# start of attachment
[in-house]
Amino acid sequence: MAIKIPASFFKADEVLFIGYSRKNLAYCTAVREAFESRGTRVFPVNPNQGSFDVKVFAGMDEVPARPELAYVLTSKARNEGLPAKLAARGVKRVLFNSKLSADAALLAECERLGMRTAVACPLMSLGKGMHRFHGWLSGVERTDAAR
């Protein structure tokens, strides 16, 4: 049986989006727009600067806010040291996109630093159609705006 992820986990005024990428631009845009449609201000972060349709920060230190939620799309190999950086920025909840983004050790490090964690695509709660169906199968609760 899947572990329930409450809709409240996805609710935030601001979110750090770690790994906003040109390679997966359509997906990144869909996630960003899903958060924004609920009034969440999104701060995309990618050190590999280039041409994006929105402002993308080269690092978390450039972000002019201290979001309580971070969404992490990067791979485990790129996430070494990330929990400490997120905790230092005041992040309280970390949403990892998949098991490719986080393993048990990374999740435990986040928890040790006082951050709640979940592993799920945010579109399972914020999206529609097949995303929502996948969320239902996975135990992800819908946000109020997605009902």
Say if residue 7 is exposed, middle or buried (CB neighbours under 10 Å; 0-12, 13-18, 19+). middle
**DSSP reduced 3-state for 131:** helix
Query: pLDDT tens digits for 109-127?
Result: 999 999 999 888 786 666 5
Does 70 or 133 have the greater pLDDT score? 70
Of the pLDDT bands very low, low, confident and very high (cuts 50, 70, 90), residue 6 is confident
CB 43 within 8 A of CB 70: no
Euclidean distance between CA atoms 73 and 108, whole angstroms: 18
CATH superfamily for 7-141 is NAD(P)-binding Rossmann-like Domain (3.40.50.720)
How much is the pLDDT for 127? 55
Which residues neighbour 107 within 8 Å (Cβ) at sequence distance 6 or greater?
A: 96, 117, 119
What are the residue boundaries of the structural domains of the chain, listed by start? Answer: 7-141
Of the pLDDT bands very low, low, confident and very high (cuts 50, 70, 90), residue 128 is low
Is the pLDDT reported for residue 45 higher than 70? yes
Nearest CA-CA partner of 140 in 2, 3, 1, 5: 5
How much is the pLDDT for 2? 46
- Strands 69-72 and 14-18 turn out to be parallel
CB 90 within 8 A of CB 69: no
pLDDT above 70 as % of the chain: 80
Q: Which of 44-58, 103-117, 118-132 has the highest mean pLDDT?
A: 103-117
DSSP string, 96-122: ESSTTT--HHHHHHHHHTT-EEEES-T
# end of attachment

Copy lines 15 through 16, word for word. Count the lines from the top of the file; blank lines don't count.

A: 96, 117, 119
What are the residue boundaries of the structural domains of the chain, listed by start? Answer: 7-141